Well... looking at the pace at which science progresses and the time it takes for information to trickle down I guess you could get information that would be a decade or two out of date. Also note that the popular culture view of dinosaurs is very much shaped by movies like Jurassic Park. "Indominus Rex" anybody? I'm not saying that kids are not amazing at accumulating knowledge (or at least information), but they have to get that information somehow. I very much doubt they have access to the scientific papers (plus those are often very boring to read), and the misrepresentation of scientific results in normal news is sometimes quite staggering (mostly because the journos did not get it because the scientists were bad at explaining, no need for any weird theories - and also because it is tough to cram a whole paper into one and a half paragraphs).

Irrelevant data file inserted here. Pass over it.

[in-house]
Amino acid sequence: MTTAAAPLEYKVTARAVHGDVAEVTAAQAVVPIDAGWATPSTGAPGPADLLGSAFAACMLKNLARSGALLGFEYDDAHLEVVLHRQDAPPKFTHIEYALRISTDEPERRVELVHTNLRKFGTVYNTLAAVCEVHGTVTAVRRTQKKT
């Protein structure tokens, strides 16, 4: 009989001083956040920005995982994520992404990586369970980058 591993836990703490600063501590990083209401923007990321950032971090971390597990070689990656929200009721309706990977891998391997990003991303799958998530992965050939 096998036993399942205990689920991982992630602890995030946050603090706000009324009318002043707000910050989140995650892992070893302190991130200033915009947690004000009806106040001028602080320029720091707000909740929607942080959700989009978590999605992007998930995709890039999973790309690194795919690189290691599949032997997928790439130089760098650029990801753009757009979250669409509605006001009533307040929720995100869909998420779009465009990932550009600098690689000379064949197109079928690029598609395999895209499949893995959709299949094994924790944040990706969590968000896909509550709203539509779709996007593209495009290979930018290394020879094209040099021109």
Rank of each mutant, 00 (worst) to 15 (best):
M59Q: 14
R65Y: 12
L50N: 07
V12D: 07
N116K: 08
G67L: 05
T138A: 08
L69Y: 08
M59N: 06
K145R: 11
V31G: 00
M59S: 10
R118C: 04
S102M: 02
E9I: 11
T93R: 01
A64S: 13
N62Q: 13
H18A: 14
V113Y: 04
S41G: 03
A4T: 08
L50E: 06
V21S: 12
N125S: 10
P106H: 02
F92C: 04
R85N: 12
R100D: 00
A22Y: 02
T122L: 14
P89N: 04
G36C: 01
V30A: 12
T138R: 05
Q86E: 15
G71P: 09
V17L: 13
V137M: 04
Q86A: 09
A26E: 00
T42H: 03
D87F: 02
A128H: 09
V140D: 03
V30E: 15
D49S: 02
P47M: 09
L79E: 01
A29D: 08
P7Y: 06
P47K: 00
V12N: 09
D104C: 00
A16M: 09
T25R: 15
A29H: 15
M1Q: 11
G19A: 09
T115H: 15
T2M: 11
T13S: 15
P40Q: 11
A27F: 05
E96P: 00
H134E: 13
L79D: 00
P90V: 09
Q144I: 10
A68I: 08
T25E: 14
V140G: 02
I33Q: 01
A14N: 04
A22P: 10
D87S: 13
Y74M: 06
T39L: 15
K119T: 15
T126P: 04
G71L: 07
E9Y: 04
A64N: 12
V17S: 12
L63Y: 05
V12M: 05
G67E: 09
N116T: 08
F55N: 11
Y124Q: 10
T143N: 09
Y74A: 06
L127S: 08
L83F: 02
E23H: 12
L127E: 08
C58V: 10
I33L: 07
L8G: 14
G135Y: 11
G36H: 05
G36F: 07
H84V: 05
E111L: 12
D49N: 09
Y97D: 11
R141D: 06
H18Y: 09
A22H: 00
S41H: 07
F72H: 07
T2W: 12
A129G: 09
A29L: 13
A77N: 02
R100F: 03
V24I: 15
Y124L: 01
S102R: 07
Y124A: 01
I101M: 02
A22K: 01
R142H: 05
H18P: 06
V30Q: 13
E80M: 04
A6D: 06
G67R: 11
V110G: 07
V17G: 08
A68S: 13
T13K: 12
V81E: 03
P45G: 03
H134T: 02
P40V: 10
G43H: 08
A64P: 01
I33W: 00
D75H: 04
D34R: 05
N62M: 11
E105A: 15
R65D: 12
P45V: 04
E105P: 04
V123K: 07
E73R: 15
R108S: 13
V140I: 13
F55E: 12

(yeah, I'm a spoilsport. and bitter)

      1. Version 1.0 Silver badge

        Re: If you need to know ANYTHING about dinosaurs...

        Kids grow up learning how to walk reliably so they have a better understanding of all the walking issues than the average person who's just watching movies. So a young kid might think, "Oh I can walk on my toes but I sway a little from side to side" while an adult might say, "Oh no, I can't do that, you're crazy."

  4. jake Silver badge

    Things that make you go "Hmmmmmmm".

    "The human experts, on average, classified 57 [percent] correctly, 20 [percent] incorrectly and 24 [percent] as ambiguous,"

    So what was the "expert" that got it 100% correct that human and machine were judged against?